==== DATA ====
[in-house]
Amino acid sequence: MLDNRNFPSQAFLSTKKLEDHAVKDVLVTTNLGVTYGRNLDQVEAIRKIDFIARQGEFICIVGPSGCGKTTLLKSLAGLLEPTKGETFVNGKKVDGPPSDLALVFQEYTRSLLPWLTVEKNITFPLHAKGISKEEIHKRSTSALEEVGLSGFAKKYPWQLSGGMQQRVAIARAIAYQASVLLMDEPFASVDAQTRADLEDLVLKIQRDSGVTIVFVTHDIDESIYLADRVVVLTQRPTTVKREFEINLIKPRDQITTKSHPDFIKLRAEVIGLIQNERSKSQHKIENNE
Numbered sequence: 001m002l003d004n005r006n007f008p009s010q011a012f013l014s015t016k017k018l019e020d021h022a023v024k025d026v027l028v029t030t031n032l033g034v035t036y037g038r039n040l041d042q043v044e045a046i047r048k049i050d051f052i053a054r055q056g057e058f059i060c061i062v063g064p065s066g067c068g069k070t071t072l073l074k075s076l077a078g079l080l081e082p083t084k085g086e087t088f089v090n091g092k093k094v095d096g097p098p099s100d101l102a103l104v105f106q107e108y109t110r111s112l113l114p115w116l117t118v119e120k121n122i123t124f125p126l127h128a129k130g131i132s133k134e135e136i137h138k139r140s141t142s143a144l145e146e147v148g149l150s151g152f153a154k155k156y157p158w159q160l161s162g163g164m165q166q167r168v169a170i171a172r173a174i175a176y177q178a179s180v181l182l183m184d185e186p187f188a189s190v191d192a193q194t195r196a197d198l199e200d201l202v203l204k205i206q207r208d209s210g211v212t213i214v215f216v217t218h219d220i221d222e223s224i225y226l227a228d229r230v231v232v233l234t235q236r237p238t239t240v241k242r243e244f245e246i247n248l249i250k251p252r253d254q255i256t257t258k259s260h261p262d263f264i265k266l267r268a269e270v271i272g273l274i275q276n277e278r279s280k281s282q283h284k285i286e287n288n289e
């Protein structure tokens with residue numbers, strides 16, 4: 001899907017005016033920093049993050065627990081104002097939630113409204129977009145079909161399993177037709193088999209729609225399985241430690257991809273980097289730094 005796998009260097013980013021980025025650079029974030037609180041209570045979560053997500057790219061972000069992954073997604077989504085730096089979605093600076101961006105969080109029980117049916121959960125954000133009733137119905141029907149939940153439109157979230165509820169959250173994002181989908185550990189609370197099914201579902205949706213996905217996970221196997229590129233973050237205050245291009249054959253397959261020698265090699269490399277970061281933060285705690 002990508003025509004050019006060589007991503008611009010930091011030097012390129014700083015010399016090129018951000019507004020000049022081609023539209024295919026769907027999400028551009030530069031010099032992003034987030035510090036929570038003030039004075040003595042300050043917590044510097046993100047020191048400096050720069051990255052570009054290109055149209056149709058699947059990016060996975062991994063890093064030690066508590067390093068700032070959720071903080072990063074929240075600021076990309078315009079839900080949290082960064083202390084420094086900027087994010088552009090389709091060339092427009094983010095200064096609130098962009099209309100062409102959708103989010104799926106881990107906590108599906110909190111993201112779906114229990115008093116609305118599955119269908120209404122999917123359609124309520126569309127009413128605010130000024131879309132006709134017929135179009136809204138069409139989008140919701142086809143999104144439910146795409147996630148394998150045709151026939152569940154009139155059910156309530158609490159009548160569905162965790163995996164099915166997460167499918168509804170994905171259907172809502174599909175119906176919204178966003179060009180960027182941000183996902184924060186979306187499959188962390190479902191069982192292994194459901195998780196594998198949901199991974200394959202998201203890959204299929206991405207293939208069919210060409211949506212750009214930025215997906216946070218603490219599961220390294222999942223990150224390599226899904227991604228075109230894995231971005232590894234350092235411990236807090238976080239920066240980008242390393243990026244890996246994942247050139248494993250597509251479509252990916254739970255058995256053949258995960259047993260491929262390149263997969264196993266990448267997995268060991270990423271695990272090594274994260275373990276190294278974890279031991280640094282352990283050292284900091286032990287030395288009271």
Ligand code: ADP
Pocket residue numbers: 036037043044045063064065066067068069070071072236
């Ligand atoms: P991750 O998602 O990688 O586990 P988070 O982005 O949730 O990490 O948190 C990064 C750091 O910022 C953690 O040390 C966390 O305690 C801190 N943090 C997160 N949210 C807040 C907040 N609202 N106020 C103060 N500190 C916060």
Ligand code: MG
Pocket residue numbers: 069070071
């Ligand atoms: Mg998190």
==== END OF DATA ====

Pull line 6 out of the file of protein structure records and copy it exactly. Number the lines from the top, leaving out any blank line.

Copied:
Pocket residue numbers: 036037043044045063064065066067068069070071072236